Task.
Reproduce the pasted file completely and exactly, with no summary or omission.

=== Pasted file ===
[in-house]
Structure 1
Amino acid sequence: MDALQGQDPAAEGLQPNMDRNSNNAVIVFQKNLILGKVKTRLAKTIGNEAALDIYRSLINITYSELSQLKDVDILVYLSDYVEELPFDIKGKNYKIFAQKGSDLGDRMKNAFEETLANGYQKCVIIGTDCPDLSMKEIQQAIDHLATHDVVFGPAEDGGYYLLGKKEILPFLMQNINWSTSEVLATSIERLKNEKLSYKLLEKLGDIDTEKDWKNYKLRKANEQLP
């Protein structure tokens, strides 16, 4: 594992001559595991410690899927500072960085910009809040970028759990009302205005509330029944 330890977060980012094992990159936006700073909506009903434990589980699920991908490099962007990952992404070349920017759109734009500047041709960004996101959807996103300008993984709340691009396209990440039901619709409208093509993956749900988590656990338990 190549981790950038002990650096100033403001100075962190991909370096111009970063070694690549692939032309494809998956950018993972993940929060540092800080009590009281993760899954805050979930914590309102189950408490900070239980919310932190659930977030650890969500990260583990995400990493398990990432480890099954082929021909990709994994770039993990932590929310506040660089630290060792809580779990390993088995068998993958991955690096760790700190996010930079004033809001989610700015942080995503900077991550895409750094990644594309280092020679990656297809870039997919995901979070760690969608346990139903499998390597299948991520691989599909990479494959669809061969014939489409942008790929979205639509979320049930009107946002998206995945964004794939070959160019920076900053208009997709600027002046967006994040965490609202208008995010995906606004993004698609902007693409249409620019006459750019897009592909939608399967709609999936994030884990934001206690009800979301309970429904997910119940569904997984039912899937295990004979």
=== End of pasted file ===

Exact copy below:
[in-house]
Structure 1
Amino acid sequence: MDALQGQDPAAEGLQPNMDRNSNNAVIVFQKNLILGKVKTRLAKTIGNEAALDIYRSLINITYSELSQLKDVDILVYLSDYVEELPFDIKGKNYKIFAQKGSDLGDRMKNAFEETLANGYQKCVIIGTDCPDLSMKEIQQAIDHLATHDVVFGPAEDGGYYLLGKKEILPFLMQNINWSTSEVLATSIERLKNEKLSYKLLEKLGDIDTEKDWKNYKLRKANEQLP
């Protein structure tokens, strides 16, 4: 594992001559595991410690899927500072960085910009809040970028759990009302205005509330029944 330890977060980012094992990159936006700073909506009903434990589980699920991908490099962007990952992404070349920017759109734009500047041709960004996101959807996103300008993984709340691009396209990440039901619709409208093509993956749900988590656990338990 190549981790950038002990650096100033403001100075962190991909370096111009970063070694690549692939032309494809998956950018993972993940929060540092800080009590009281993760899954805050979930914590309102189950408490900070239980919310932190659930977030650890969500990260583990995400990493398990990432480890099954082929021909990709994994770039993990932590929310506040660089630290060792809580779990390993088995068998993958991955690096760790700190996010930079004033809001989610700015942080995503900077991550895409750094990644594309280092020679990656297809870039997919995901979070760690969608346990139903499998390597299948991520691989599909990479494959669809061969014939489409942008790929979205639509979320049930009107946002998206995945964004794939070959160019920076900053208009997709600027002046967006994040965490609202208008995010995906606004993004698609902007693409249409620019006459750019897009592909939608399967709609999936994030884990934001206690009800979301309970429904997910119940569904997984039912899937295990004979």